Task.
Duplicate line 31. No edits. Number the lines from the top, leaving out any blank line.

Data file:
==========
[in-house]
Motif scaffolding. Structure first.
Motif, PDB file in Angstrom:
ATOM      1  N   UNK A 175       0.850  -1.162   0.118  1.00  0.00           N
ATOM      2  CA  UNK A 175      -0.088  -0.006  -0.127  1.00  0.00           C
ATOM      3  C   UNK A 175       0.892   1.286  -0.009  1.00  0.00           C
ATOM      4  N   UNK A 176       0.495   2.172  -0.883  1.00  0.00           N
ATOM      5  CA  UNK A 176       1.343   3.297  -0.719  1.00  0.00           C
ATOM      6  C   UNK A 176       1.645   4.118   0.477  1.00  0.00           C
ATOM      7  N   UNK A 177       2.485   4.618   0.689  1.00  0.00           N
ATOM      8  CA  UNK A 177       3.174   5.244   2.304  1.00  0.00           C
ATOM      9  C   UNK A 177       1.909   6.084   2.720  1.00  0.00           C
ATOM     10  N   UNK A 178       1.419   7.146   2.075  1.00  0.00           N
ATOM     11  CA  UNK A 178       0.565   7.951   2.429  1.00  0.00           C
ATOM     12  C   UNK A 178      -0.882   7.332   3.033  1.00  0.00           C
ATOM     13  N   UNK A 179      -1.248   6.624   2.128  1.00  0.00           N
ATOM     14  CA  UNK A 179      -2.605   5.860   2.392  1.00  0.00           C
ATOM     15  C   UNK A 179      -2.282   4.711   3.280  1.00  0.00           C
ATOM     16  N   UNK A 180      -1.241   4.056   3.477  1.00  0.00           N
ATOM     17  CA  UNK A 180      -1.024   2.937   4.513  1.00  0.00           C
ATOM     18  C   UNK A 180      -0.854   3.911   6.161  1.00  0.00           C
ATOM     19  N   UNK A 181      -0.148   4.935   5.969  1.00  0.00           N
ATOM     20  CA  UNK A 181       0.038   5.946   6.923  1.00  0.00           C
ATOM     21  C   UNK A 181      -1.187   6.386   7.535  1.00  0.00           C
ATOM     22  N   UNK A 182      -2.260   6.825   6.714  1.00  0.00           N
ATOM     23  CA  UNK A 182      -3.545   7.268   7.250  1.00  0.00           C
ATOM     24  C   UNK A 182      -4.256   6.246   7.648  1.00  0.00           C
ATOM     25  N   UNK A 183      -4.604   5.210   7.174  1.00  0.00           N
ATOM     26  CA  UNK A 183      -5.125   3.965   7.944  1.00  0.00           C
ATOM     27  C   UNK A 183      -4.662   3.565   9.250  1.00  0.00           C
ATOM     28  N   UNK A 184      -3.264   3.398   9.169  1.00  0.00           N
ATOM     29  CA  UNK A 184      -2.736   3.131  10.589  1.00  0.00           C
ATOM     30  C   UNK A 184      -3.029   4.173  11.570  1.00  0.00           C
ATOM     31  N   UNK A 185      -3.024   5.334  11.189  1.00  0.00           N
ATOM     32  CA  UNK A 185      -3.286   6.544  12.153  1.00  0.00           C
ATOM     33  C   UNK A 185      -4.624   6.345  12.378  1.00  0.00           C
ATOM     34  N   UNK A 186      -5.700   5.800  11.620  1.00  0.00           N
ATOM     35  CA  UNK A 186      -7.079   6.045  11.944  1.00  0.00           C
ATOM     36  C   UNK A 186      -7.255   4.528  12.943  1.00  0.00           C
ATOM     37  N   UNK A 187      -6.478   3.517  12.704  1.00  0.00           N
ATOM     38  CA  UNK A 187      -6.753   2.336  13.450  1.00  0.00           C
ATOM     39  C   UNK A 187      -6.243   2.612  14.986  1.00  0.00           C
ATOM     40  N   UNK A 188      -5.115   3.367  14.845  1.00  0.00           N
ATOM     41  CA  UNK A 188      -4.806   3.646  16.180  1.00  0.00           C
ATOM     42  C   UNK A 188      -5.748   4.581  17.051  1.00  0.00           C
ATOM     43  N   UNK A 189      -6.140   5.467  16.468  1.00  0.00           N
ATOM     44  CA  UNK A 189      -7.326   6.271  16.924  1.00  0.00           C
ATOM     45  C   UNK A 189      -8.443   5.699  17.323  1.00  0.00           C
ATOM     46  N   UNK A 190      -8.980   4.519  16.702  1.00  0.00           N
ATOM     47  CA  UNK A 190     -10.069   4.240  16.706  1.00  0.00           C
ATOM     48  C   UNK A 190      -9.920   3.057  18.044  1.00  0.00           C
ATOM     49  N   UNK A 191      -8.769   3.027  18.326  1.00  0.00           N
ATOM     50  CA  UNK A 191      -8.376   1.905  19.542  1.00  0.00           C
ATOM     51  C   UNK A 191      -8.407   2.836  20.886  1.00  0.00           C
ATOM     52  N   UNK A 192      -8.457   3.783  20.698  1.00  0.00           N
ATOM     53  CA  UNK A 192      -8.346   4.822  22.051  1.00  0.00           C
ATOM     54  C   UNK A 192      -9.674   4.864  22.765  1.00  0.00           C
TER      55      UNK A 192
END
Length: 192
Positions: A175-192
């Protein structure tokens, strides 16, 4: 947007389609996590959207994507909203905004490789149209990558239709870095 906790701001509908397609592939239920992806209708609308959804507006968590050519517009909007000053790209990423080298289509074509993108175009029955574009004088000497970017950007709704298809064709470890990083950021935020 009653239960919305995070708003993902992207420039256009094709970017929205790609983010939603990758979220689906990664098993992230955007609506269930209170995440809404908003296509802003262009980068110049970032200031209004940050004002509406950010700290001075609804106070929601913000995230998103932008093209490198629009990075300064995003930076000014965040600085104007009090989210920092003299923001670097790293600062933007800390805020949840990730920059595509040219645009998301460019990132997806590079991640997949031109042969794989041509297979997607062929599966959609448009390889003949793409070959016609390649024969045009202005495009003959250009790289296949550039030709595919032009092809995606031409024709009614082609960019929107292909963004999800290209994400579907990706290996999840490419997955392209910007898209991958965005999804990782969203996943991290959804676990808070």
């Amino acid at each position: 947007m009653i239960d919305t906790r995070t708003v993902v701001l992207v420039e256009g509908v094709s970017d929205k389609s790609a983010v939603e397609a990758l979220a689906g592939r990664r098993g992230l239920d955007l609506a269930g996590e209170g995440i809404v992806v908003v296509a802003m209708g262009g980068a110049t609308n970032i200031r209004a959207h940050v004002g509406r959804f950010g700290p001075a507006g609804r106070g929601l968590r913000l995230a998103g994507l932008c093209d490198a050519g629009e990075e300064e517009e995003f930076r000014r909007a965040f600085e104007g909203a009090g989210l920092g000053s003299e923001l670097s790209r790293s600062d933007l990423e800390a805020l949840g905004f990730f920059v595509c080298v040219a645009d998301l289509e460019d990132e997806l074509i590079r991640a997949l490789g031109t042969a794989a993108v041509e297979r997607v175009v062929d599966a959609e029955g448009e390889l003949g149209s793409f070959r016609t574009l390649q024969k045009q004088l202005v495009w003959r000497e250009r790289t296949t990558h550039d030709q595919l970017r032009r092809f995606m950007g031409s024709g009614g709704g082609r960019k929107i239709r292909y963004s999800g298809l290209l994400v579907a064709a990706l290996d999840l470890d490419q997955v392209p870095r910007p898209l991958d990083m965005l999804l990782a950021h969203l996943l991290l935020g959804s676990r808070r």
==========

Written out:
ATOM     28  N   UNK A 184      -3.264   3.398   9.169  1.00  0.00           N